CFPB Issues Guidance on Abusive Conduct Under CFPA

On April 3, 2023, the Consumer Financial Protection Bureau (CFPB) issued a policy statement with guidance on what constitutes “abusive conduct” under the Consumer Financial Protection Act (CFPA).

The CFPA, enacted in 2010 in response to the financial crisis, prohibits “abusive conduct” in consumer financial markets and identifies two categories of abusive conduct: (1) materially interfering with consumers’ understanding of important features of a product or service, and (2) leveraging certain circumstances – i.e. “gaps in understanding, unequal bargaining power, and consumer reliance” – to take unreasonable advantage of a consumer.

The CFPB issued the statement to provide federal and state regulators, and industry participants with much needed insight into the types of conduct that the CFPB regards as abusive under the two categories referenced in the statute.

Material Interference.

First, the CFPB explains that material interference, “can be shown when an act or omission is intended to impede consumers’ ability to understand terms or conditions, has the natural consequence of impeding consumers’ ability to understand, or actually impedes understanding.”  In addition to evidence that the act or omission did, in fact, impede consumers’ actual understanding, the CFPB also highlights two additional circumstances which may give rise to an inference of material interference: (1) where the natural consequence of the act or omission impedes consumers’ ability to understand, and (2) where there is evidence of intent to interfere with a consumer’s understanding.

Taking Unreasonable Advantage.

Second, the CFPB explains that covered entities are prohibited from taking unreasonable advantage of consumers in circumstances where there is: (1) gaps in consumer understanding; (2) unequal bargaining power or consumers’ inability to protect their interests; and (3) consumer reliance.  The CFPB provides guidance on each of these three circumstances:

Gaps in Understanding.

The CFPB identifies three types of consumer gaps in understanding that it considers abusive.  The first category is gaps in consumer understanding as to “risks,” including the likelihood of default or loss of future benefits.  The second category is gaps in consumer understanding related to “costs,” which include both monetary costs and non-monetary costs such as lost time, loss of use, or reputational harm.  The third category is gaps in consumer understanding with respect to “conditions,” which include “any circumstance, context, or attribute of a product or service, whether express or implicit,” such as the length of time it would take a person to realize the benefits of a financial product or service, the relationship between the entity and the consumer’s creditors, the fact a debt is not legally enforceable, or the processes that determine when fees will be assessed.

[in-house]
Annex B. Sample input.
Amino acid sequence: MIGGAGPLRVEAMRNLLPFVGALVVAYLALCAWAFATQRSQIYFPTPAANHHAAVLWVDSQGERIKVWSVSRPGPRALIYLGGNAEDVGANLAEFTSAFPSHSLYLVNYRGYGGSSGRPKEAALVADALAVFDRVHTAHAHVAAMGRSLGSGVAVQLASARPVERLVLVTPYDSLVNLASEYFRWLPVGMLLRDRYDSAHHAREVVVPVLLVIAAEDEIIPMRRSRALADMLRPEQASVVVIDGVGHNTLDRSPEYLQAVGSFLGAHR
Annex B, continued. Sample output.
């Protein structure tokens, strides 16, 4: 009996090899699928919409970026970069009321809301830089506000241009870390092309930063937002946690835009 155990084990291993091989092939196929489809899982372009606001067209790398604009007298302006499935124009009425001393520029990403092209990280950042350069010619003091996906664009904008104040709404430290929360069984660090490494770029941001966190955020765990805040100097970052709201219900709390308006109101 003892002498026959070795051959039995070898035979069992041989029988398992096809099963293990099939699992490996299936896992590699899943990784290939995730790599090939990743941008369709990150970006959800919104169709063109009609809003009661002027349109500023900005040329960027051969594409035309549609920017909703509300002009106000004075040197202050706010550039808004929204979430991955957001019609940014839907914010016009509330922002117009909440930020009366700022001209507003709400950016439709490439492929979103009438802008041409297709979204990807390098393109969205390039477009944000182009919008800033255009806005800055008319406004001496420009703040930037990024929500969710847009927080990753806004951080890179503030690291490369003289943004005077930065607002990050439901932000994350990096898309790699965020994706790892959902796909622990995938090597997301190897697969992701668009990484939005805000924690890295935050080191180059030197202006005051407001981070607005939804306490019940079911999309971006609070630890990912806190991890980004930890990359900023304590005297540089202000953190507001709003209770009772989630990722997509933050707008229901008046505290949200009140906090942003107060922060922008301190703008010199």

Inability of Consumers to Protect their Interests.

The CFPB explains that covered entities cannot take “unreasonable advantage” of consumers in situations where it is impractical for those consumers to protect their interests in selecting or using a consumer financial product or service.  This includes situations in which consumers are unable to protect both their monetary and non-monetary interests.  Examples of consumer non-monetary interests include property, privacy, and reputational interests.

Reasonable Reliance.

Finally, the CFPB explains that covered entities engage in abusive conduct where they take “unreasonable advantage” of consumers that have a reasonable expectation that the entity will act in their best interest.  For example, reasonable reliance may exist where an entity communicates that it will act in its customers’ best interest, or otherwise holds itself out as acting in the customer’s best interest.  Reasonable reliance may also exist where an entity assumes the role of acting on behalf of consumers or helping them to select providers in the market.

According to CFPB Director Rohit Chopra, this statement “provide[s] an analytical framework to help federal and state agencies hold companies accountable when they violate the law and take advantage of families.”  For covered entities, the statement provides much needed insight into the CFPB interpretations of a standard that has historically been ambiguous and the cause of much uncertainty in the industry.